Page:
My Latest Read: ‘The Old Man and the Princess’ by Sean-Paul Thomas

Title:  The Old Man and the Princess

Genre:  Hmmm…Action/Adventure – Coming of Age

Release Date:   September 20, 2016

Descriptive Blurb:  Is the old man, really, who he says he is? And is he telling Sersha the truth about who she is, and where she is truly from? A thrilling and witty, black, cozy, mystery, that will keep you guessing, right up until the action packed, breathtaking, finale. An eccentric old Irish man, who claims to be ‘not of this Earth,’ kidnaps a young, headstrong, Irish teenage girl, from the streets of Galway and tries to convince her that her life’s destiny is tied to a mystical cave in the Scottish highlands. But with half of the Irish criminal underworld violently on their trail, the young girl struggles back and forth with the old man’s real identity and far fetched intentions, to whether he truly is genuine in his wild and fantastical beliefs. Or is he really just a mad, demented, old fool, having some kind of mental breakdown in his twilight years?

 

Review

“Sparkly, but needs polish.”

My Impressions:  Nice cover.  Interesting premise.  Not my usual read.  Its gives the impression of being a genre-bender, but really it’s not.  If I had to label, I’d say it’s more of a ‘coming of age’ type book in the background of an action/adventure story.   There’s a dash of mystery and suspense to keep it interesting.

The Romance Angle:  There’s nothing going on in the romance department.  And rightfully not, the two main characters are miles apart in age (40+ years) so I would’ve been a bit creeped out if the author had gone there.

The Real Lowdown:  Very likeable characters…eh, given the circumstances.  I mean, really, a kidnapper?  Immediately, going in…there’s a very real possibility of Derek coming off as a jerk…but he doesn’t.  He’s rather endearing actually.  And shockingly, Sersha is quite likeable too…this is a thing with me.  In today’s literary world over-saturated with young adult heroines, I’ve encountered some truly annoying, obnoxious, or bratty YAs.  Sersha is neither.  She’s level-headed, handles herself well…and thank goodness she makes intelligent decisions under pressure.  And she’s not “too perfect” either (no one likes a goody-goody).  I like her and I don’t say that often about YA characters.  There’s also some amusing tidbits of humor…mostly dictated by situation…and snappy dialogue.  A few of the folks Derek and Sersha run into during their flight are off-the-wall.  It’s played up well, without being forced.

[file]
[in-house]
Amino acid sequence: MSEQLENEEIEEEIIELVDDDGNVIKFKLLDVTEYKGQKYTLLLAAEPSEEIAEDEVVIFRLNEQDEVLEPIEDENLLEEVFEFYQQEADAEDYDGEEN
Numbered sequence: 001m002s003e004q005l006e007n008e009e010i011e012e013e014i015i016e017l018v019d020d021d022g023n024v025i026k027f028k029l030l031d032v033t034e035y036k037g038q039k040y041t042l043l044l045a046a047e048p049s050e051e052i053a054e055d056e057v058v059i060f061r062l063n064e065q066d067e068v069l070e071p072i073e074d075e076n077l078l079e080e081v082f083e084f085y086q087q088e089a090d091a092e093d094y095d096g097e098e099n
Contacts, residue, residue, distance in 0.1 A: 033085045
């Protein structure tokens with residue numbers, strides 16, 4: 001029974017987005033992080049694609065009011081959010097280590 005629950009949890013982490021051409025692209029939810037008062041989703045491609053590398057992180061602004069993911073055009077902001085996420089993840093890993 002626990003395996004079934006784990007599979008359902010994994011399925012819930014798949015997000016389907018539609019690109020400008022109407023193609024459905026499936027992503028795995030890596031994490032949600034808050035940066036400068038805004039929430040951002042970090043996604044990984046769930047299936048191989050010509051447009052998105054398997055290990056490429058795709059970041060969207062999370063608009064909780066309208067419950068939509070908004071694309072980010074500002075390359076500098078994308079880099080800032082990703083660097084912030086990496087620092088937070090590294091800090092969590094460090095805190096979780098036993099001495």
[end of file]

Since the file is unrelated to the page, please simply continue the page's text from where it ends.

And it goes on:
Extra Touch:  I really liked how the author did the Irish dialect.  Gives a very realistic feel to the setting.  I love historical romantic fiction set in England, Ireland & Scotland.  I also watch a lot of period movies, many of which are set in these locals.  So I’m familiar with some of the vocab and slang.  This was quite refreshing… and sounded very natural.  There is another extra touch, but I really can’t comment on it without giving too much away…so let me just say, that Derek is portrayed well and leave it at that.

Minor Beefs:  1. The book is written in 3rd Person shifting POV…which quite honestly, I have no problem with.  I’ll even go so far as to say that I rather like this particular method, if executed properly.  The beef here is that the POV shifts are a tad too frequent and with no warning.  So it took me a sentence or two to realize POV had changed.  It’s a good idea…helps to see the two opposing side of this particular story, but I think, it could be less frequent and with a more smooth transition.  Perhaps one scene stays in one character’s POV…and then switches when the next scene starts.  That gives us a longer look at one person’s thoughts and it’s more of a definitive switch, no confusion.  Or chapter long POVs.  I have read books where the POV changes ever chapter or every other chapter…with success.  It’s a better boundary than just randomly changing POVs every other sentence with no warning.  In some spots, the POV appears to be completely omnipotent…as if an all-seeing, all-knowing being is telling the story.  This is disconcerting and the Achilles’ Heel of this novella.